Jesus Christ Superstar (the 1970 rock musical) has been in my musical rotation lately.
While listening I’ve noticed a myriad of roles and archetypes being played out. It is clear to me that the people in the story were “born” to follow particular paths, whether they wanted to or not. It’s as if their paths were set in motion for them—to do certain things, be certain kinds of people.
Try as they might to veer off course at times, the roles played out accordingly. Pontius Pilot was supposed to persecute Jesus, and he did. Judas was supposed to betray Jesus, and he did. Jesus not only “allows” his own persecution, he played the perfect role in making sure it happened.
In listening to this rock musical, you can hear the struggles of the main characters. Even though they were on a train they couldn’t get off, there was often a denial of the path, or an attempt/desire to circumvent it.
Jesus’ devotion to God was strong, and even he had his doubts. He wondered why he had to fulfill the path he had been put on. He often doesn’t know what is going on, and even wonders if God has abandoned him: “Why have you forsaken me?” he exclaims while hanging on the cross.
I asked my friend Travis about Buddha. I wanted to know if there was a time in Buddha’s journey when he doubted his role, as Jesus had doubted his. After taking a second to think, he shared this with me:
“In some of the sutras there are things that lead one to think he had doubts along the way. He went through three, or four major paths, casting each aside in turn as he realized they would not work. There is also the story of him stopping a battle by standing between the armies. He then moved on with his sangha a couple of weeks later. After he had left the area the two clans had their battle. When Buddha swang back by he stood in that field and wept, knowing that the simple existence of a Buddha was not sufficient to cure the world.”
When two great teachers of our time express doubt and uncertainty and struggle as to their roles and path, it makes me wonder if this might be a struggle that almost every human has, at one time or another. This is obviously not about Jesus and Buddha—this is about me, this is about you.
A friend once told me that she had put her boyfriend up on a pedestal and is now realizing that he cannot live up to her expectations. When my friend told me this story, I felt myself become indignant at her! I asked her, “Why did you do such a thing?” She responded, “How could I have not?”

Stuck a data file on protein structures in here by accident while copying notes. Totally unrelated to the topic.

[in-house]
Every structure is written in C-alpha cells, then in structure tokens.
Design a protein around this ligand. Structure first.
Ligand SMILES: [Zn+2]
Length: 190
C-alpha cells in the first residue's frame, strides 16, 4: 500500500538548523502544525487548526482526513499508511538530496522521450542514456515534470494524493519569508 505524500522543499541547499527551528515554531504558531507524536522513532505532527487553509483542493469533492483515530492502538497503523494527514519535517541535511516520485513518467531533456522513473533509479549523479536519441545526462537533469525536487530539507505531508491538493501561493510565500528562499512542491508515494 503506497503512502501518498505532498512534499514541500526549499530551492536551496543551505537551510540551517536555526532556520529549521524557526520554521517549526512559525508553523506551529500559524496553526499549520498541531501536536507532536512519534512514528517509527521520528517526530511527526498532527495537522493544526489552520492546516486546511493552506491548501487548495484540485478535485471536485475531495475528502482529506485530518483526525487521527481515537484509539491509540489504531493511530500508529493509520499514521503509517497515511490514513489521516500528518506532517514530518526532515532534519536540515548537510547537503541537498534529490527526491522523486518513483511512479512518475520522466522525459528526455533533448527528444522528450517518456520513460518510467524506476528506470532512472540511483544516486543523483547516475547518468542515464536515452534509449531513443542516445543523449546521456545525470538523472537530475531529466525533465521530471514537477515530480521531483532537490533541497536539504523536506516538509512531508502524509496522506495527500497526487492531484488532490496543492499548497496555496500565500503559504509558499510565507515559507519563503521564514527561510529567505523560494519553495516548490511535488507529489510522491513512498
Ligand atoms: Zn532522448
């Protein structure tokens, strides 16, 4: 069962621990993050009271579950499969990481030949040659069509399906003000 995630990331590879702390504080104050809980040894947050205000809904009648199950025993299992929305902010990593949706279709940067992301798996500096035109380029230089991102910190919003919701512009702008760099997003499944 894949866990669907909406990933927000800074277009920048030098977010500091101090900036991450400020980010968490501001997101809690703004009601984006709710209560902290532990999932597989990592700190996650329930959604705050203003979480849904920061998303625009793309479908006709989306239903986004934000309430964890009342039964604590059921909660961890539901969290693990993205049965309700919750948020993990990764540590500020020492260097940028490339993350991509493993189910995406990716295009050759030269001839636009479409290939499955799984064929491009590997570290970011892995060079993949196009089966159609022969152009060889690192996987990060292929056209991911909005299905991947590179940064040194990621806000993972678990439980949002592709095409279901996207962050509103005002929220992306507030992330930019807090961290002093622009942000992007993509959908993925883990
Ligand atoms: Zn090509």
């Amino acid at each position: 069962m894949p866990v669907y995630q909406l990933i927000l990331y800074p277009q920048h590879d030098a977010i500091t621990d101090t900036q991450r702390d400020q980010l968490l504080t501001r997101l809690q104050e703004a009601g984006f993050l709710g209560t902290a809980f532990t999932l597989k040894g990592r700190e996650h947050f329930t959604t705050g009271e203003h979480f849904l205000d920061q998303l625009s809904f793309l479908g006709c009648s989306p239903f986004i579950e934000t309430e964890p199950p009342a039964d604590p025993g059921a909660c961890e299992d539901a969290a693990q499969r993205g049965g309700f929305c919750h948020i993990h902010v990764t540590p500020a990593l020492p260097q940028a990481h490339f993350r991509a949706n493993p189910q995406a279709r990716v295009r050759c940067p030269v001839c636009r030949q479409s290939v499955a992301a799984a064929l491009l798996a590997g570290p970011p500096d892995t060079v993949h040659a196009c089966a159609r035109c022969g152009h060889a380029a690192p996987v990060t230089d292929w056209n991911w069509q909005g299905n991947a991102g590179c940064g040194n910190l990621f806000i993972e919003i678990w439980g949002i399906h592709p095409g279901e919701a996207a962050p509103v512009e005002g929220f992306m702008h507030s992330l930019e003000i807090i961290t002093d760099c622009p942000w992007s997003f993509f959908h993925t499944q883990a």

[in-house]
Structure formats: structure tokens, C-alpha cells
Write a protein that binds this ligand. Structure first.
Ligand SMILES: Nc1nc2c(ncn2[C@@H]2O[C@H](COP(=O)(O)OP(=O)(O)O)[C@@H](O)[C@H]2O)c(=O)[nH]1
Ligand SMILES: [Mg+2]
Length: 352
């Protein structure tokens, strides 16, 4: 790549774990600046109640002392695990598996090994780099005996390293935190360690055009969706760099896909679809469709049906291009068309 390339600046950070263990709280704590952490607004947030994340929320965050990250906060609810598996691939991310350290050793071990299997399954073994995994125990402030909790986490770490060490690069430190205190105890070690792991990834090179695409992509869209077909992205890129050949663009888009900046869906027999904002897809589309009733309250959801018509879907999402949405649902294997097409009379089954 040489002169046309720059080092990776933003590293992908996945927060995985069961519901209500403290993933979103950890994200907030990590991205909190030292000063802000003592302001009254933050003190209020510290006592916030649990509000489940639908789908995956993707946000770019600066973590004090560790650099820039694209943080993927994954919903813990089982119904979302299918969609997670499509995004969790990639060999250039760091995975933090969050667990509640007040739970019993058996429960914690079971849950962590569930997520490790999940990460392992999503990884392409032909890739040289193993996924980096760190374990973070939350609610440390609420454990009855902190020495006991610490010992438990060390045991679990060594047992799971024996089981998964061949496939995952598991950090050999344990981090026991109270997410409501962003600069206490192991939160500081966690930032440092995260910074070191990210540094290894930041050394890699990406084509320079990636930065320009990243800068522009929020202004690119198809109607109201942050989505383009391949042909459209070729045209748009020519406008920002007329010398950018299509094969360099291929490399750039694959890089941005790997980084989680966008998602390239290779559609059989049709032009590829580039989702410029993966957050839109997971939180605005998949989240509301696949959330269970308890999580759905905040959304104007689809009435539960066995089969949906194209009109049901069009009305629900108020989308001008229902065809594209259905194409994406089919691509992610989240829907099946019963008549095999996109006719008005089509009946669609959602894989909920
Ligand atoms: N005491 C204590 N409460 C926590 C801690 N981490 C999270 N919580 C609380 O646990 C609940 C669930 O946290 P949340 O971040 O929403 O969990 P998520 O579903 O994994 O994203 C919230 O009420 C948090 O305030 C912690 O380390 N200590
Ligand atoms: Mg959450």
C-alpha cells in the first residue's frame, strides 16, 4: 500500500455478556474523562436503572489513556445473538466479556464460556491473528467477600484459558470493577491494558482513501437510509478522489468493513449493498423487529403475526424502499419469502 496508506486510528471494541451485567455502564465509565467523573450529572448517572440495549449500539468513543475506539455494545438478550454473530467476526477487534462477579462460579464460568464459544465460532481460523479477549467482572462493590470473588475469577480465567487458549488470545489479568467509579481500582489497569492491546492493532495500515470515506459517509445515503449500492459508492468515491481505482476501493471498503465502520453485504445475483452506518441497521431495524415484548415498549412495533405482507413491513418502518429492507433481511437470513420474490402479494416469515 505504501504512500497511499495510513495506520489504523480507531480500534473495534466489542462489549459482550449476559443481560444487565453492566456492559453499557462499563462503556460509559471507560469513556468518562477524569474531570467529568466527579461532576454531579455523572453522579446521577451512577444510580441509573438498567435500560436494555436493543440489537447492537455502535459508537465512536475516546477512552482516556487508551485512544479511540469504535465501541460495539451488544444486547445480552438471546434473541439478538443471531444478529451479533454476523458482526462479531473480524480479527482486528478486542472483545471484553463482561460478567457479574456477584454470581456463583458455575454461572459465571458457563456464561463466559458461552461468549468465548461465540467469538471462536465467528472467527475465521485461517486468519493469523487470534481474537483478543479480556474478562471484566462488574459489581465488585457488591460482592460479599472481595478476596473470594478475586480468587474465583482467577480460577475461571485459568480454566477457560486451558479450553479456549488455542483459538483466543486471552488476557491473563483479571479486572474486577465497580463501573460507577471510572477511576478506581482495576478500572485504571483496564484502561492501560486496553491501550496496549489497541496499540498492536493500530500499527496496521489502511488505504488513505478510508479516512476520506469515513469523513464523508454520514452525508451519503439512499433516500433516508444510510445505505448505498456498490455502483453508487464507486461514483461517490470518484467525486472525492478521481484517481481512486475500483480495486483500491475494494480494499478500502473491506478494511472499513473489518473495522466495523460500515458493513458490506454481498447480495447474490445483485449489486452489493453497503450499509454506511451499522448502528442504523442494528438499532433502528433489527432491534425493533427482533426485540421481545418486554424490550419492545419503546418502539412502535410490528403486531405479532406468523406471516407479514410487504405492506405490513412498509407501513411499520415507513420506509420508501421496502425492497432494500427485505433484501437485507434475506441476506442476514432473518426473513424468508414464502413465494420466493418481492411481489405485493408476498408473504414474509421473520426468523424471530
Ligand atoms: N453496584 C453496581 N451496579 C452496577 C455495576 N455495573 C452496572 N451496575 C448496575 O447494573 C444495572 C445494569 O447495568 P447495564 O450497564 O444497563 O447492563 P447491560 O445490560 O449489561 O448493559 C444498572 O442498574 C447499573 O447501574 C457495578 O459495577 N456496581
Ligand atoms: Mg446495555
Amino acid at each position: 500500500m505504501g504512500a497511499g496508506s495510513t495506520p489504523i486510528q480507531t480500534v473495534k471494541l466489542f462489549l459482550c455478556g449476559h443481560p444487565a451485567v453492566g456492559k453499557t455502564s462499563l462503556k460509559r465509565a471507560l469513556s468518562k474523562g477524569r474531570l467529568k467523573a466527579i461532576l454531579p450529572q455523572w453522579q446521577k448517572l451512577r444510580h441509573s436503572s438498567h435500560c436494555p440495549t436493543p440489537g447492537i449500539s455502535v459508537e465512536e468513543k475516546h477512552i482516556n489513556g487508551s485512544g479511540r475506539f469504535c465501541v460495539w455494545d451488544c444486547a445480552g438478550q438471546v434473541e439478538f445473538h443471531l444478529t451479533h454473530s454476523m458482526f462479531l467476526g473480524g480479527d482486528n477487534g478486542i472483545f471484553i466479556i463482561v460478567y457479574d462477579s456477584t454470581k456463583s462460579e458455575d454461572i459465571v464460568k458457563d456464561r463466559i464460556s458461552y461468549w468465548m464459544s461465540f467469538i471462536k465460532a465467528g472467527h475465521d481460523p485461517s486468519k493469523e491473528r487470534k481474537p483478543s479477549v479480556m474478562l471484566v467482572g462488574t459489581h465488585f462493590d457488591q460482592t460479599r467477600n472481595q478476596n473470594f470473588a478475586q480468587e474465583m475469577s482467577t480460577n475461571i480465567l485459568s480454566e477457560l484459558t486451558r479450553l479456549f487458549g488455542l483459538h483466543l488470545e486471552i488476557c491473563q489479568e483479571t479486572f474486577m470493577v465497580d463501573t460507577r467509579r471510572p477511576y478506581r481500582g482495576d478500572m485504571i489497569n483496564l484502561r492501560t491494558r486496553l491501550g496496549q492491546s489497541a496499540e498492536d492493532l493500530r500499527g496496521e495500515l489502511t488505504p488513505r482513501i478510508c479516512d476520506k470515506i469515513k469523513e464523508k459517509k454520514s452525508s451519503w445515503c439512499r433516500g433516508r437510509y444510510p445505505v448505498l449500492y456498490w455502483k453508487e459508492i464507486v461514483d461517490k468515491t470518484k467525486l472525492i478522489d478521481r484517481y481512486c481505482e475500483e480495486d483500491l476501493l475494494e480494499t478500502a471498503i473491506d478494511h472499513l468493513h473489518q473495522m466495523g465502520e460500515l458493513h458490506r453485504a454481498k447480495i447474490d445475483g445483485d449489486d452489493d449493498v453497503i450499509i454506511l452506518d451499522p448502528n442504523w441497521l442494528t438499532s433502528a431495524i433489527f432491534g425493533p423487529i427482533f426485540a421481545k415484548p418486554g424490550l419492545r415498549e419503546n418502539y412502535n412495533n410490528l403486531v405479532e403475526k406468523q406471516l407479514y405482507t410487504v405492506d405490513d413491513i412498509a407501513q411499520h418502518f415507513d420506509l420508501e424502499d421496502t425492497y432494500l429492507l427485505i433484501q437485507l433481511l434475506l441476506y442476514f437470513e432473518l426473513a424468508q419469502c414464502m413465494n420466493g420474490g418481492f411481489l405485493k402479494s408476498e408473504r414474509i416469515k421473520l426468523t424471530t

Was I mad at her, that she had done that? Clearly not. I was mad at myself for all the times I put somebody up on a pedestal only to knock them off, with the assumption that I shouldn’t have done that/could have done something different. Also in my attention were all the times people have put me on a pedestal and knocked me off, and me standing by believing that they shouldn’t have done that.
Doubt comes up for me about my roles and the roles of others. As mentioned above, sometimes I see our stories as imperfect, that life “should have” or “could have” happened some other way. Using my imagination, which is basically the biggest talent (for better or worse) humans have, I can easily create “life would be better/worse” stories. But the thing is—I can’t ever really know, and that presupposes a world in which the past was actually not perfect to begin with, and that is something I can never prove either. This idea is just something I can propagate by using my imagination.
I also sometimes fall into a trap of thinking that some roles are good, and others are bad. But roles are roles. And I’m not in control of my roles or anyone else’s roles. When I take time to inquire, those hidden “better/worse” stories come out into the light and can be seen through, and the “should/could have done differently” stories lose their pull.
An hour after starting to write this blog post I was out for a drive when I passed two dogs along the side of the highway. I honked my horn hoping they would not come into traffic. Just having been pondering the topic of roles, I immediately considered mine in the situation. Apparently it wasn’t my role to slow down. I can use my imagination to entertain what it would’ve been like for my role to have been different—but my actual role will never be other than it was.
I was 100% successful at my role—honking my horn and driving by. It appears that my role for that situation existed independently of any personal will, desires, wants, strategic planning, or intellect! It was over in five seconds flat. I did what I did, with no guarantee of what would come next.
Inquire into any situation you’ve ever experienced—could any of those situations actually have happened differently? Could you have played any different of a role? Could anybody else have been differently? This is not an easy search. The answer may overwhelmingly seem, “Yes!”…at first. The more challenging the past and the more stories you have about who you think you are, the more it might seem that you could have/should have done things differently. But if you take some time and inquire, something magical and unexpected will unfold, resulting in a lighter, more care-free version of you.
It’s always interesting, being human. Life rarely makes sense in the way that I often think that it might. Luckily, when I inquire, I find that life doesn’t have to make sense, and in that not making sense-ness, there can be an acceptance of the past, the present, and in my humanity and how it’s playing out. When I listen to JCS knowing that things went down in the only way that they could, I am filled up with compassion for every character in that story. And that’s a pretty nice place to be, because every character is me.
Author: Lisa Meuser
Editor: Travis May
Photo: Hollywood Reporter
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